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Sorry I overlooked the time recommendation on your previous post. I'm not offended and appreciate the help.

Do you know of a place where I can get my hands on a used set of factory service manuals? I tried to do some searches but could only find new stuff for $135. I mostly know what I'm doing but it'* nice to have a picture reference to something you can't identify when it'* right under your nose. I've used the Haynes manuals in the past but not very much as they only give an overview or assume you know exactly where the coolant elbow is located. If I know what it looks like I can remove it, it'* finding it under everything else is a little challenging. I saw one place that recommended alldata but I've never used it. Thoughts?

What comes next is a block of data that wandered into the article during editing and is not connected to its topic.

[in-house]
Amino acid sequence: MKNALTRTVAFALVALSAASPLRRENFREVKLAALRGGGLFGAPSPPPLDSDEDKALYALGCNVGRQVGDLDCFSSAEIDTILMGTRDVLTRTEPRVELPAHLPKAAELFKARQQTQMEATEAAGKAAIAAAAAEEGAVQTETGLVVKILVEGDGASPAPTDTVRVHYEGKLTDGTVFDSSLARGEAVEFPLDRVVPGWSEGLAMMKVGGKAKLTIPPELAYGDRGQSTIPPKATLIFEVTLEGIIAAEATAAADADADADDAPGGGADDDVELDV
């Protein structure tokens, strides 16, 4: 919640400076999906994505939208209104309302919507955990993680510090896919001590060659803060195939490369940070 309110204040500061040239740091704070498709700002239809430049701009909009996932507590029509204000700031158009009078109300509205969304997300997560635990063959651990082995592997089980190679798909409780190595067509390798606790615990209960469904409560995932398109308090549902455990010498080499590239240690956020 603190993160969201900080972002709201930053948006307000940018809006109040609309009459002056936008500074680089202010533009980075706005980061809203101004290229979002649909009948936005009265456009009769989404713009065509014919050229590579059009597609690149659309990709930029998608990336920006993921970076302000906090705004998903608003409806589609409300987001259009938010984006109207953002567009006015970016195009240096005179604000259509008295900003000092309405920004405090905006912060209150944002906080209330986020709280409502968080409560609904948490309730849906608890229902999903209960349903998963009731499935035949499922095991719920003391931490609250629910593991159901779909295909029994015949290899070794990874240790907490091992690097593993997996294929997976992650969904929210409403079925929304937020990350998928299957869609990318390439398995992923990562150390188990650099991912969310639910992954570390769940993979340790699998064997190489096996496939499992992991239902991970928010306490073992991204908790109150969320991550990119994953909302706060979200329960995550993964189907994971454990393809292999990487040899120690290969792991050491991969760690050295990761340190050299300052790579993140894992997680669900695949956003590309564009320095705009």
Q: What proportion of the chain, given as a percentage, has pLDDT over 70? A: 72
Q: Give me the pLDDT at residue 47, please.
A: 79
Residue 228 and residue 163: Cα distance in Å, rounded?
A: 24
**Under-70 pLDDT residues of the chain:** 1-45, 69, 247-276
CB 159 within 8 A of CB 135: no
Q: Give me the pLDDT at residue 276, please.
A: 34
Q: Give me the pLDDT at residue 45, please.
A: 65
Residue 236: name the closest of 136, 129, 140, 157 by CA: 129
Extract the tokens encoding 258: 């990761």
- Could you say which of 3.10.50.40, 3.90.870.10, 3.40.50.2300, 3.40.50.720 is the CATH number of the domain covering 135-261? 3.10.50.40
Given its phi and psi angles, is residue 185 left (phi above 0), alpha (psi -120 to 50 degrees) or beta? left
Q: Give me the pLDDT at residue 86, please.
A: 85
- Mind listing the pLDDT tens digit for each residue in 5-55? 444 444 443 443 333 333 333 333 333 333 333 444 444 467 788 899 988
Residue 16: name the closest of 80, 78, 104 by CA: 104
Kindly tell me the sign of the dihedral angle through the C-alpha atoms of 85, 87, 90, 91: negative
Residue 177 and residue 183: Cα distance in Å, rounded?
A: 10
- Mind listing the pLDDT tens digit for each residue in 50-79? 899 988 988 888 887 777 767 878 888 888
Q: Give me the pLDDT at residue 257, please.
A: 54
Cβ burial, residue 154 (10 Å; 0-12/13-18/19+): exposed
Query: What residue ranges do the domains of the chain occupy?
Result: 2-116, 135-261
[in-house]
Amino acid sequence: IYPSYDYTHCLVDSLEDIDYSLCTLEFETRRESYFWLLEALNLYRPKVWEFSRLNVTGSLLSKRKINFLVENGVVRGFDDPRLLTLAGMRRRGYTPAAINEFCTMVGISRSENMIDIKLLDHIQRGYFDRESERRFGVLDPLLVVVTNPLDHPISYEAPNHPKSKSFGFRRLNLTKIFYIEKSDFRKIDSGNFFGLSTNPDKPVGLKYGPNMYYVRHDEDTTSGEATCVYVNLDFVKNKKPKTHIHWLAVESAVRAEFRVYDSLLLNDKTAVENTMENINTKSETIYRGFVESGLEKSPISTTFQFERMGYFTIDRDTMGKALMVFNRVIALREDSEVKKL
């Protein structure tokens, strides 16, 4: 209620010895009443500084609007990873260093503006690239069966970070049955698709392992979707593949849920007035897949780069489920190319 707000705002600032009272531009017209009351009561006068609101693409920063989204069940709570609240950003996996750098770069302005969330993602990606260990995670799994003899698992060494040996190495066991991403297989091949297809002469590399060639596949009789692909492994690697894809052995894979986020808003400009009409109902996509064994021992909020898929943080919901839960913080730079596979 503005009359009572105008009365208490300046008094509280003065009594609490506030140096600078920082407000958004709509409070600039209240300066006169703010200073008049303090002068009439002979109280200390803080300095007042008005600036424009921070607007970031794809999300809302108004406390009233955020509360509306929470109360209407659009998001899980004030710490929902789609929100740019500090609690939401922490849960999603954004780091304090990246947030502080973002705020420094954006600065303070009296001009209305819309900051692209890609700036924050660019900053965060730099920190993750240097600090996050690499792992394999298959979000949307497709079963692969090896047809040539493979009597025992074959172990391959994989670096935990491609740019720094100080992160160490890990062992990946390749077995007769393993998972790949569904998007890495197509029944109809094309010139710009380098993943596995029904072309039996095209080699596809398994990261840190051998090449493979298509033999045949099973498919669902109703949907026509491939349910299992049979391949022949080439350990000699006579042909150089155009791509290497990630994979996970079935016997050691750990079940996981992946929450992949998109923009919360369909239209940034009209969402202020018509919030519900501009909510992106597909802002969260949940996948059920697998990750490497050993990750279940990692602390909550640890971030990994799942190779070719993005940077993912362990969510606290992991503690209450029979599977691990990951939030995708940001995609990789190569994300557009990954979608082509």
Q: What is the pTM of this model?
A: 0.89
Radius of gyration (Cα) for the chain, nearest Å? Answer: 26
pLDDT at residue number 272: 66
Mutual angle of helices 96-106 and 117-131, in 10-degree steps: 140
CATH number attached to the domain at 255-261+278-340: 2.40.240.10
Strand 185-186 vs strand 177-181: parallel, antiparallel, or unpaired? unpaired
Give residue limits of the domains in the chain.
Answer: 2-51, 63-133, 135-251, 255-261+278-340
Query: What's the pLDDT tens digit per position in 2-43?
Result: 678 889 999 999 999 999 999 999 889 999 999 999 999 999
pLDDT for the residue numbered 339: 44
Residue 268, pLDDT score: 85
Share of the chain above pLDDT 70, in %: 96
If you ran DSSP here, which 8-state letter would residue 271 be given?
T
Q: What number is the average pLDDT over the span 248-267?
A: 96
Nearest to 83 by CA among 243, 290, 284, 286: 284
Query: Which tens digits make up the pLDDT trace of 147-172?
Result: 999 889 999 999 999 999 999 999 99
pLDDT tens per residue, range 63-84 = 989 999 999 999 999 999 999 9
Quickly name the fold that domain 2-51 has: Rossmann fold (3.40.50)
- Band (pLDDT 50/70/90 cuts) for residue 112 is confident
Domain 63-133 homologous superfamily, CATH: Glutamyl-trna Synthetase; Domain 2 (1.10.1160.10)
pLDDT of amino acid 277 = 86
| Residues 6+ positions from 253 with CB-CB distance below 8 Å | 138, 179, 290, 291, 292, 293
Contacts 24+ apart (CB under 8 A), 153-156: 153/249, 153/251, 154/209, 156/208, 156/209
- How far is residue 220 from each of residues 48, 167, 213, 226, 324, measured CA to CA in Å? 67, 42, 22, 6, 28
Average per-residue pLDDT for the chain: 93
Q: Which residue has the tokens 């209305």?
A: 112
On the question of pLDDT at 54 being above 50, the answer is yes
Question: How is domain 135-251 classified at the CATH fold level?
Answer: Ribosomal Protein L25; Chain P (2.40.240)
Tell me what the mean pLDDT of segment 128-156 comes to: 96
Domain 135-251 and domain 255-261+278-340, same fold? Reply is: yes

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Old 09-11-2007, 05:01 PM   #8
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For the UIM and LIM gasket replacement you shouldn't need a FSM. Most members who have done this job have been successful without the aid of a FSM.

My suggestion is picking up a Chilton'* manual. They're far superior to the Haynes - especially when used as a point of reference for this job.
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Old 09-11-2007, 06:12 PM   #9
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I agree. It'* Chilton'* No 28200 that you need. Anything else you run into on this work not addressed by the Chilton'* manual can be answered by lots of folks here on BC. Collective expertise and practical experience is DEEP on this subject.